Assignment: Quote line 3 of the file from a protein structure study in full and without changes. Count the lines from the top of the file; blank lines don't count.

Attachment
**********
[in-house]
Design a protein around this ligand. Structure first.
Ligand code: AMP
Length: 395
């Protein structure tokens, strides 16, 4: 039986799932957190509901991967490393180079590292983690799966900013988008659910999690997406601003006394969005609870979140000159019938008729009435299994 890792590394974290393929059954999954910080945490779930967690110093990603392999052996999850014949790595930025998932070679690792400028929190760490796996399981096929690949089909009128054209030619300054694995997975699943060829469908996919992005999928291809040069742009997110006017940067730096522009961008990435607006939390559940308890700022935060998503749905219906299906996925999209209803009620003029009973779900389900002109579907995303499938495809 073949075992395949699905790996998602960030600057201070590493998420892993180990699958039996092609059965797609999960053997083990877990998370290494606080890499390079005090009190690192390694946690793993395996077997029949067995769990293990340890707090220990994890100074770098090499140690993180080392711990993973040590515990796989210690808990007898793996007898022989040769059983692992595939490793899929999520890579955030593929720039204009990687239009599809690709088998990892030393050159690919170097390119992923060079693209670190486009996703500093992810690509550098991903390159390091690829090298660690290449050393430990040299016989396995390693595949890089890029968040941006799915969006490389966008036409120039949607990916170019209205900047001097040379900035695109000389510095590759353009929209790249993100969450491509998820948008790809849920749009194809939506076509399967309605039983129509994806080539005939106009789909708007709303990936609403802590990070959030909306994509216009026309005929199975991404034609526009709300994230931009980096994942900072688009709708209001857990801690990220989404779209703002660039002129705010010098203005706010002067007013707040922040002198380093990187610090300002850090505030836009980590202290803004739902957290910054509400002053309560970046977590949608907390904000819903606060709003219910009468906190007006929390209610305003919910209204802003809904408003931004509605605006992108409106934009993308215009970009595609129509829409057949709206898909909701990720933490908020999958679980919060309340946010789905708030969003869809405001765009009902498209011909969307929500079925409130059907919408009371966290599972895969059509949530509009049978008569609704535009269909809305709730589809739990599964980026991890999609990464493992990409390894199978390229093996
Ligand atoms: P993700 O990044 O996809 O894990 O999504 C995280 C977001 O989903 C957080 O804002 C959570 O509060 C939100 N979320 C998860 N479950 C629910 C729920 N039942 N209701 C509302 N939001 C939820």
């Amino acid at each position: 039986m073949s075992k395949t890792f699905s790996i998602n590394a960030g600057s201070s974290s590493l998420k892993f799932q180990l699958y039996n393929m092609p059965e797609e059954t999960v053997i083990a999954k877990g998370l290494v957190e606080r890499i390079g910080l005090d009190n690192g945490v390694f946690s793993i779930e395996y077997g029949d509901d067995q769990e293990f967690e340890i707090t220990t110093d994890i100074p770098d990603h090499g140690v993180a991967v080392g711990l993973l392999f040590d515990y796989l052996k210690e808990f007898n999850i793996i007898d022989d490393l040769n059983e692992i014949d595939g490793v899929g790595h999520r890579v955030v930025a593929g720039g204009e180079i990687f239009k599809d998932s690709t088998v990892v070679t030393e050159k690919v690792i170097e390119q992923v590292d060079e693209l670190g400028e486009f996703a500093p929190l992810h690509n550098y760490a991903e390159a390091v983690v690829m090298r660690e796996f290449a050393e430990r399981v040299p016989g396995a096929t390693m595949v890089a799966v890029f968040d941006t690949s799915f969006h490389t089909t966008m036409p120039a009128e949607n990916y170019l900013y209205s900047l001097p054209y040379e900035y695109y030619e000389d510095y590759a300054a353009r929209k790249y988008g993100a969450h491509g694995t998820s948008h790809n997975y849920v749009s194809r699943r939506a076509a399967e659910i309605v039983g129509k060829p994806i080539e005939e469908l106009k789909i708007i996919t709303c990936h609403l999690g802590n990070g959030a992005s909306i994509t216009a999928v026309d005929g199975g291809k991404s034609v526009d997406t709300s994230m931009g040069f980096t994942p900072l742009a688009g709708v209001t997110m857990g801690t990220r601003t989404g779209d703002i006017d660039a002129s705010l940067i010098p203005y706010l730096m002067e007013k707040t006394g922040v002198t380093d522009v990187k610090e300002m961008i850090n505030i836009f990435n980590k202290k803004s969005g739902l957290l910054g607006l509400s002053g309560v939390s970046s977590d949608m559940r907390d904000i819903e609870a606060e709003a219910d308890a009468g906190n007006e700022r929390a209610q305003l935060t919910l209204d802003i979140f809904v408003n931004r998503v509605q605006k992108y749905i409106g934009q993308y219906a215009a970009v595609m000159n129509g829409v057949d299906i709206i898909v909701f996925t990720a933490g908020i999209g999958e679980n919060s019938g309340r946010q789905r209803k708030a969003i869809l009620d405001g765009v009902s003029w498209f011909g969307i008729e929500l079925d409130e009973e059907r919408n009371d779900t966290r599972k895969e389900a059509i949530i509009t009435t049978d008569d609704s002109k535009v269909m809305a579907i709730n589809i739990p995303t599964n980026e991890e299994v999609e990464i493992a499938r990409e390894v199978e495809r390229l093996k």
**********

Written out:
Ligand code: AMP